ONE-MA3 – Day VIII: Sunday Mass, 3D modeling and Compression Testing
By Sophia Mittman ’22
Happy Sunday! Some of us woke up to Sunday Mass at the medieval cathedral of Sermoneta just a five-minute walk away. It was fascinating to arrive at the church early to receive a tour of the church by art restorer, Marco Nicola. He explained so many things within religious art that I never knew about before! Today also happened to be Corpus Christi, a Roman Catholic holy day that is highly revered in southern Italy and was cause to decorate the entire center aisle of the church with pictures created from flowers and other natural materials like beans, rice, leaves, and flour. Later on, in the evening they performed a procession through the streets of Sermoneta in celebration of the holy day.
Decorated middle aisle in the Sermoneta cathedral
Once back at the castle, in our respective groups, we all were assigned various tasks to complete on the castle grounds, such as using XRF (X-ray fluorescence) on frescoes, thermal cameras on walls, and drones to take pictures for photogrammetry (unfortunately, the drone was never able to connect to the WiFi to complete the task). In our bits of free time, we also had the assignment of choosing our own object somewhere on the castle grounds to 3D model using photogrammetry. Some focused on modeling the water well that’s in the center of the courtyard while others tackled stone pillars, rustic benches, and even restored frescoes.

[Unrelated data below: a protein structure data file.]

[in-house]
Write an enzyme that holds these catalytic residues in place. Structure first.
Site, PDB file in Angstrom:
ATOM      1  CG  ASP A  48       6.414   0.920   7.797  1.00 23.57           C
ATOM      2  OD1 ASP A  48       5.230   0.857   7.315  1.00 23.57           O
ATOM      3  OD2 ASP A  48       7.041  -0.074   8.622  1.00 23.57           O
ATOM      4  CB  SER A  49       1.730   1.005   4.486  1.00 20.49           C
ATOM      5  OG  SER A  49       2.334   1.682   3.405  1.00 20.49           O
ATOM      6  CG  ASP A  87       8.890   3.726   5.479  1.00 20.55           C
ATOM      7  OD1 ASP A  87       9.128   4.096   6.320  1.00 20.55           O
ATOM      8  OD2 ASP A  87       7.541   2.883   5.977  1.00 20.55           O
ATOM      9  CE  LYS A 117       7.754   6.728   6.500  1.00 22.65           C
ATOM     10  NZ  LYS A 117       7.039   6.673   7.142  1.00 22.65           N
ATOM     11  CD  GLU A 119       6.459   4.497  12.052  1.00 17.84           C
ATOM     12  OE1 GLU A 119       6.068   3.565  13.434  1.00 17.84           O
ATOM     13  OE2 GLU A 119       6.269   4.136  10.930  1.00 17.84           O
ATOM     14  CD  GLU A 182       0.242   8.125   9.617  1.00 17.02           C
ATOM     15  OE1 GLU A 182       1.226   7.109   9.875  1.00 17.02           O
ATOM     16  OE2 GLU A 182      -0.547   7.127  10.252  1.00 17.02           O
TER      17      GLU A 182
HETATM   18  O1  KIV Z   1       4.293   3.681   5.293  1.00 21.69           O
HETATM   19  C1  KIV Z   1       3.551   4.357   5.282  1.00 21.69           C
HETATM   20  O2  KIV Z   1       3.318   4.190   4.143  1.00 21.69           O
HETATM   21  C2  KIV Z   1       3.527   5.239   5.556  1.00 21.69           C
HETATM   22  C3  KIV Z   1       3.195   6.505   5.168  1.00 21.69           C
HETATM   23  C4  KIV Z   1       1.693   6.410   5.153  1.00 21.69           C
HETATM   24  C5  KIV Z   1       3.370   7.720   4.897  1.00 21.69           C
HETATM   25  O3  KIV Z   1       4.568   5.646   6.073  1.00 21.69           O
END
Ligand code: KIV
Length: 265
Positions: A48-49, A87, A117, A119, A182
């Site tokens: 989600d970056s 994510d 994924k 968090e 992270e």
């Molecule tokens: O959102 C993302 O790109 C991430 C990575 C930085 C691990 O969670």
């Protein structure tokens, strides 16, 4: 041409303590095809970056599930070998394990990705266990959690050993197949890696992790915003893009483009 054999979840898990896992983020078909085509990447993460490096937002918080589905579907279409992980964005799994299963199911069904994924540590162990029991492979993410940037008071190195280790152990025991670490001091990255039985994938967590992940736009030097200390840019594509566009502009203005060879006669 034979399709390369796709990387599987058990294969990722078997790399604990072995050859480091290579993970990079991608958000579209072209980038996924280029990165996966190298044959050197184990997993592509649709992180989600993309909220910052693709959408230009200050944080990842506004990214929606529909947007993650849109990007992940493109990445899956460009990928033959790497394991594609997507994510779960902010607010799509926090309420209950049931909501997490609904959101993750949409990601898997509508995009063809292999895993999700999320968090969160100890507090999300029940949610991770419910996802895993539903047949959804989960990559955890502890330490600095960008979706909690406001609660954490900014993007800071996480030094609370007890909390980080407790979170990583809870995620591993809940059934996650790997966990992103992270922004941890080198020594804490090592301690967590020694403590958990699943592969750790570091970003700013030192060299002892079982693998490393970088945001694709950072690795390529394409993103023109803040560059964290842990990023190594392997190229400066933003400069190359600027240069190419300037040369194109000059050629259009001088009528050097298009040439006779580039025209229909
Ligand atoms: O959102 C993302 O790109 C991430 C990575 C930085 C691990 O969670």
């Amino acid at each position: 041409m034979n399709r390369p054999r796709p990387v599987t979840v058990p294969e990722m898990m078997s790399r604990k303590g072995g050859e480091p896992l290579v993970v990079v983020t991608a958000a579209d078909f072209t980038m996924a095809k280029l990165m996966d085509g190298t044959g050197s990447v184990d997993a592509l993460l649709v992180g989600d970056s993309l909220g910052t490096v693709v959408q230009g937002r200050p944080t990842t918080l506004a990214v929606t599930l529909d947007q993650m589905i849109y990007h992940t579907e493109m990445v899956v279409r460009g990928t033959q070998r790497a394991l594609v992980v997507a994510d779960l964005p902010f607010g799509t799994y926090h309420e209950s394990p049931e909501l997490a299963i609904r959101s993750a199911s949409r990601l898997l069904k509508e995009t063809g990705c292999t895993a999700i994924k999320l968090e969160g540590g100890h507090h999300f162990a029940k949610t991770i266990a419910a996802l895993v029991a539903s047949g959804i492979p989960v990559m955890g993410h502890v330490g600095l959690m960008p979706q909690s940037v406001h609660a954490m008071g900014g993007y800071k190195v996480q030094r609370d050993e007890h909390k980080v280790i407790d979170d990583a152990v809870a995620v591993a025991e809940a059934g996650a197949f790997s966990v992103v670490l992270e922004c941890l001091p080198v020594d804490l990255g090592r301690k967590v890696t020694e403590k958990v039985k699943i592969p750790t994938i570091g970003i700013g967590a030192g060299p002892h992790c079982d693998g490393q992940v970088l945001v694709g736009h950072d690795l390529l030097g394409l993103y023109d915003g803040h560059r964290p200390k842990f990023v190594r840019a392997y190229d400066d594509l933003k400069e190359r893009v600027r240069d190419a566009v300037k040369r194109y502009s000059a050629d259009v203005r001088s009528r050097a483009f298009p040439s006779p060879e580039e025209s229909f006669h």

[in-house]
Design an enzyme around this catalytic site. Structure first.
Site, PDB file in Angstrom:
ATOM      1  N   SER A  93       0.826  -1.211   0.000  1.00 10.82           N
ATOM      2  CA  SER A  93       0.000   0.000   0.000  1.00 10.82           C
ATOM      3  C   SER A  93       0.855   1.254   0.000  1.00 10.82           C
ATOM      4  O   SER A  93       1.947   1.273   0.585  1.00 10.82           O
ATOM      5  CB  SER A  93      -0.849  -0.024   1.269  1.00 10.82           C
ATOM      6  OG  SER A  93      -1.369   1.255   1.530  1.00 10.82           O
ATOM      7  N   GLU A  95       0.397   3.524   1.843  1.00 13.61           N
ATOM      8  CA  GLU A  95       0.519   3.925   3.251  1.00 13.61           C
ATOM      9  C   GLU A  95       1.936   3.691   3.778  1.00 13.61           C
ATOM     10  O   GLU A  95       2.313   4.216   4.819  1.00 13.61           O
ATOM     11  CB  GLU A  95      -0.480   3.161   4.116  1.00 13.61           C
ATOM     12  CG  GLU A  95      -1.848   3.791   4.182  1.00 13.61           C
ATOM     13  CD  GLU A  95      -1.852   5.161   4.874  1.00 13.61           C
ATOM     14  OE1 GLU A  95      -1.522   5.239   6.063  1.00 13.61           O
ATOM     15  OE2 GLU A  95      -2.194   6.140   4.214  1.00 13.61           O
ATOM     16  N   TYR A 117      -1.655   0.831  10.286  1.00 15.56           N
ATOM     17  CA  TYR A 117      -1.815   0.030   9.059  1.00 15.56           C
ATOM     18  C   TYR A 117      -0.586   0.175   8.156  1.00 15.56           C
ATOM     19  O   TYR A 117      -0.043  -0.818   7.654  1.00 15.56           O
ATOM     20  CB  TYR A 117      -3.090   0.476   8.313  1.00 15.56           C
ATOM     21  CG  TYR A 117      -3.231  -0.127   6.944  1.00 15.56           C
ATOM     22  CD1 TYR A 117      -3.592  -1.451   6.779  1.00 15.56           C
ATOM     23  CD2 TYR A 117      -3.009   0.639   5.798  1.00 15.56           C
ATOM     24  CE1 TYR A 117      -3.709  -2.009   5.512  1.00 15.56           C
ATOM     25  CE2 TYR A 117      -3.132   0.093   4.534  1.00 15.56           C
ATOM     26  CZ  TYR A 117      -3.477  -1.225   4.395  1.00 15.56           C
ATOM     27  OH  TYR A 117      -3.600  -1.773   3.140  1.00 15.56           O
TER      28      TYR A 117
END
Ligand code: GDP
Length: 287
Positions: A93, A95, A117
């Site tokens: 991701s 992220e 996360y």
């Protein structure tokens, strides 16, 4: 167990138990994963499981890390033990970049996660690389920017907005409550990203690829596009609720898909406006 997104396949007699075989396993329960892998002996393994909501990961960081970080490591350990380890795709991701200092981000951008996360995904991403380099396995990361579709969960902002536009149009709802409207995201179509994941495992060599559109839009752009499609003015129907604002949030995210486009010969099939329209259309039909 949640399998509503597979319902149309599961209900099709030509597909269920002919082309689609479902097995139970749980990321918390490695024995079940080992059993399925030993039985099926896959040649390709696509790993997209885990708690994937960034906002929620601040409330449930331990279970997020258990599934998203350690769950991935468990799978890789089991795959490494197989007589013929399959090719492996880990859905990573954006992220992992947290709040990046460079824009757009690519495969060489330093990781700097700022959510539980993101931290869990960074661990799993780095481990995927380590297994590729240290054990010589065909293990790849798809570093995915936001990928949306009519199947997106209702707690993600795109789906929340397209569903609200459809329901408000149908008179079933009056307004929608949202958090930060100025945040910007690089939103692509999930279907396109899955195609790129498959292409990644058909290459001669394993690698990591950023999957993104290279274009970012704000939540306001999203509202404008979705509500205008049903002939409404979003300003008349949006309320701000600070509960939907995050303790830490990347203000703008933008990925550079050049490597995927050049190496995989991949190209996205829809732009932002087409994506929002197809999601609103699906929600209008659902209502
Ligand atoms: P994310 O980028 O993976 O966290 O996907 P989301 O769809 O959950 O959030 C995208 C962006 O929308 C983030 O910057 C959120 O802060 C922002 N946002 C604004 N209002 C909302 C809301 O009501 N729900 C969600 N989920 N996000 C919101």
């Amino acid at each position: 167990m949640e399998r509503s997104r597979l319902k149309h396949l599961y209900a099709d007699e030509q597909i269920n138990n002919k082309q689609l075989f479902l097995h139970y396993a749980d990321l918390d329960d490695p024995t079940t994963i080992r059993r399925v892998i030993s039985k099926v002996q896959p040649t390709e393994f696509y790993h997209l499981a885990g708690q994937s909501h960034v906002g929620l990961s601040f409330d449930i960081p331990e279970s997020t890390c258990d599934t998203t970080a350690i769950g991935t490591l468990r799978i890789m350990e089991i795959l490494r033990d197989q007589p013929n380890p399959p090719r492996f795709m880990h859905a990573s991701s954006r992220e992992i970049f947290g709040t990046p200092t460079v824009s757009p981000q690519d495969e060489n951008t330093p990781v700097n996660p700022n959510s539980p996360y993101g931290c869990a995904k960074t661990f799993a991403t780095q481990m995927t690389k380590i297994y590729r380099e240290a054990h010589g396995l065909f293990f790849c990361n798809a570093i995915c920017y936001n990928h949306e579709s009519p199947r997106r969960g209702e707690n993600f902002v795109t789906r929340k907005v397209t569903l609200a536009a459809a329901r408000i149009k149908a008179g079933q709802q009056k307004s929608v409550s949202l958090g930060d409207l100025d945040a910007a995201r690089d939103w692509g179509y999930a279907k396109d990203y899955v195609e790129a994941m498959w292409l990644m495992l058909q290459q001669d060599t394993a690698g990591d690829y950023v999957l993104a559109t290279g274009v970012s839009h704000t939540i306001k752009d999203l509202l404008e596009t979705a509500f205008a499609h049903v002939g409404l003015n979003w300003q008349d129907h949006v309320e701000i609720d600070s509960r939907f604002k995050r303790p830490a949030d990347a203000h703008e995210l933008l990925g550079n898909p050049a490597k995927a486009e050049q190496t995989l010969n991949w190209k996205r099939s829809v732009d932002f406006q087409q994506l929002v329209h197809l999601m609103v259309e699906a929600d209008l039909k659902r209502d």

Reconstructing 3D frescoes using photogrammetry
Finally, we put our mortars (made two days ago) to the test, both with respect to sustainability and strength. The first test challenged the sustainability of each mortar, taking into account carbon emissions during its production. The second test was purely Professor Masic seeing how much damage each cylinder of dried mortar could withstand. We all enjoyed this part—especially when we completed the drop test on them by letting them tumble to the cobblestone ground from a high ledge to see which broke into the lowest number of pieces. At the end of the project, we all gained a better understanding of what makes a strong mortar, as well as what one should definitely not use or do when creating a reliable one. Tomorrow we will continue on projects using our new 3D models and may attempt to beat our newly-achieved streak record in volleyball: 84!
Checking out our handmade mortars